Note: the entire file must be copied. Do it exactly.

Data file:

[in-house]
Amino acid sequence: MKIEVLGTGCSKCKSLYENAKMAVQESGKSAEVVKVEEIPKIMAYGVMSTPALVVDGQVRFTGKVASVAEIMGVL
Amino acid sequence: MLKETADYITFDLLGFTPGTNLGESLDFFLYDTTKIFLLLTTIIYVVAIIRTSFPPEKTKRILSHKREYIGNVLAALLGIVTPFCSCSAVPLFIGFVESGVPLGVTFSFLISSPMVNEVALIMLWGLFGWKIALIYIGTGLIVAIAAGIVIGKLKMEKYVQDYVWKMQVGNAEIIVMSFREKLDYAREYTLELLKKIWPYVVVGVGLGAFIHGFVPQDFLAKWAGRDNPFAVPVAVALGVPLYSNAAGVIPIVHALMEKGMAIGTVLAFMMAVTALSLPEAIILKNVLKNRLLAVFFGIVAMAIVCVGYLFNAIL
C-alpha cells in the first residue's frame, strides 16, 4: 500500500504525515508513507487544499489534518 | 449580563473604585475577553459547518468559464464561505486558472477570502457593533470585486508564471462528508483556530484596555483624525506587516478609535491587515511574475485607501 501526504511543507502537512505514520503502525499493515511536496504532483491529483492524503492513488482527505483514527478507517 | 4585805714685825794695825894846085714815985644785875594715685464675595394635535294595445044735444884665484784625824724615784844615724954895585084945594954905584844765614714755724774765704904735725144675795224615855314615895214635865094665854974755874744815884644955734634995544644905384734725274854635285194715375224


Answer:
[in-house]
Amino acid sequence: MKIEVLGTGCSKCKSLYENAKMAVQESGKSAEVVKVEEIPKIMAYGVMSTPALVVDGQVRFTGKVASVAEIMGVL
Amino acid sequence: MLKETADYITFDLLGFTPGTNLGESLDFFLYDTTKIFLLLTTIIYVVAIIRTSFPPEKTKRILSHKREYIGNVLAALLGIVTPFCSCSAVPLFIGFVESGVPLGVTFSFLISSPMVNEVALIMLWGLFGWKIALIYIGTGLIVAIAAGIVIGKLKMEKYVQDYVWKMQVGNAEIIVMSFREKLDYAREYTLELLKKIWPYVVVGVGLGAFIHGFVPQDFLAKWAGRDNPFAVPVAVALGVPLYSNAAGVIPIVHALMEKGMAIGTVLAFMMAVTALSLPEAIILKNVLKNRLLAVFFGIVAMAIVCVGYLFNAIL
C-alpha cells in the first residue's frame, strides 16, 4: 500500500504525515508513507487544499489534518 | 449580563473604585475577553459547518468559464464561505486558472477570502457593533470585486508564471462528508483556530484596555483624525506587516478609535491587515511574475485607501 501526504511543507502537512505514520503502525499493515511536496504532483491529483492524503492513488482527505483514527478507517 | 4585805714685825794695825894846085714815985644785875594715685464675595394635535294595445044735444884665484784625824724615784844615724954895585084945594954905584844765614714755724774765704904735725144675795224615855314615895214635865094665854974755874744815884644955734634995544644905384734725274854635285194715375224